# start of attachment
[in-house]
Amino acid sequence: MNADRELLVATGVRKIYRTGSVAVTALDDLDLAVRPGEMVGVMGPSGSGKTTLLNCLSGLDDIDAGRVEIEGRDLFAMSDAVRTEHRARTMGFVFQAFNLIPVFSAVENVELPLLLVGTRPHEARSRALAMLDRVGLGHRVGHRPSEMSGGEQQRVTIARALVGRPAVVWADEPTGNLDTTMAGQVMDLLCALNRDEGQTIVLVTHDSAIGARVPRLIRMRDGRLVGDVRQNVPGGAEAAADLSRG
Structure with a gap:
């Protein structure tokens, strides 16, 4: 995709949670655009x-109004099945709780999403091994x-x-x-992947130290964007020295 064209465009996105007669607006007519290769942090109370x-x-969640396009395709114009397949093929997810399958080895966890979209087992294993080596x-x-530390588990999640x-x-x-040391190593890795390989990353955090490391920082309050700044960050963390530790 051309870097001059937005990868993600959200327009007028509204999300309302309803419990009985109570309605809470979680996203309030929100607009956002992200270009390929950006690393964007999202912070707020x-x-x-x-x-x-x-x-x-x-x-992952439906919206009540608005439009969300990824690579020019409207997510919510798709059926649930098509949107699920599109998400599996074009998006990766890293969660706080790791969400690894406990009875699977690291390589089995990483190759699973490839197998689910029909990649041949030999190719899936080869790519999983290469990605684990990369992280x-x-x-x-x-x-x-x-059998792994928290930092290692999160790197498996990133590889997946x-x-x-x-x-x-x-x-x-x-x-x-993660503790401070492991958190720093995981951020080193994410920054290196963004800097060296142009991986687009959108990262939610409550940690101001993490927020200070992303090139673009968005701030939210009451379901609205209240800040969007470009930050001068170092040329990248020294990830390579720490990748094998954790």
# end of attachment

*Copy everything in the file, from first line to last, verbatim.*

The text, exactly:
[in-house]
Amino acid sequence: MNADRELLVATGVRKIYRTGSVAVTALDDLDLAVRPGEMVGVMGPSGSGKTTLLNCLSGLDDIDAGRVEIEGRDLFAMSDAVRTEHRARTMGFVFQAFNLIPVFSAVENVELPLLLVGTRPHEARSRALAMLDRVGLGHRVGHRPSEMSGGEQQRVTIARALVGRPAVVWADEPTGNLDTTMAGQVMDLLCALNRDEGQTIVLVTHDSAIGARVPRLIRMRDGRLVGDVRQNVPGGAEAAADLSRG
Structure with a gap:
């Protein structure tokens, strides 16, 4: 995709949670655009x-109004099945709780999403091994x-x-x-992947130290964007020295 064209465009996105007669607006007519290769942090109370x-x-969640396009395709114009397949093929997810399958080895966890979209087992294993080596x-x-530390588990999640x-x-x-040391190593890795390989990353955090490391920082309050700044960050963390530790 051309870097001059937005990868993600959200327009007028509204999300309302309803419990009985109570309605809470979680996203309030929100607009956002992200270009390929950006690393964007999202912070707020x-x-x-x-x-x-x-x-x-x-x-992952439906919206009540608005439009969300990824690579020019409207997510919510798709059926649930098509949107699920599109998400599996074009998006990766890293969660706080790791969400690894406990009875699977690291390589089995990483190759699973490839197998689910029909990649041949030999190719899936080869790519999983290469990605684990990369992280x-x-x-x-x-x-x-x-059998792994928290930092290692999160790197498996990133590889997946x-x-x-x-x-x-x-x-x-x-x-x-993660503790401070492991958190720093995981951020080193994410920054290196963004800097060296142009991986687009959108990262939610409550940690101001993490927020200070992303090139673009968005701030939210009451379901609205209240800040969007470009930050001068170092040329990248020294990830390579720490990748094998954790």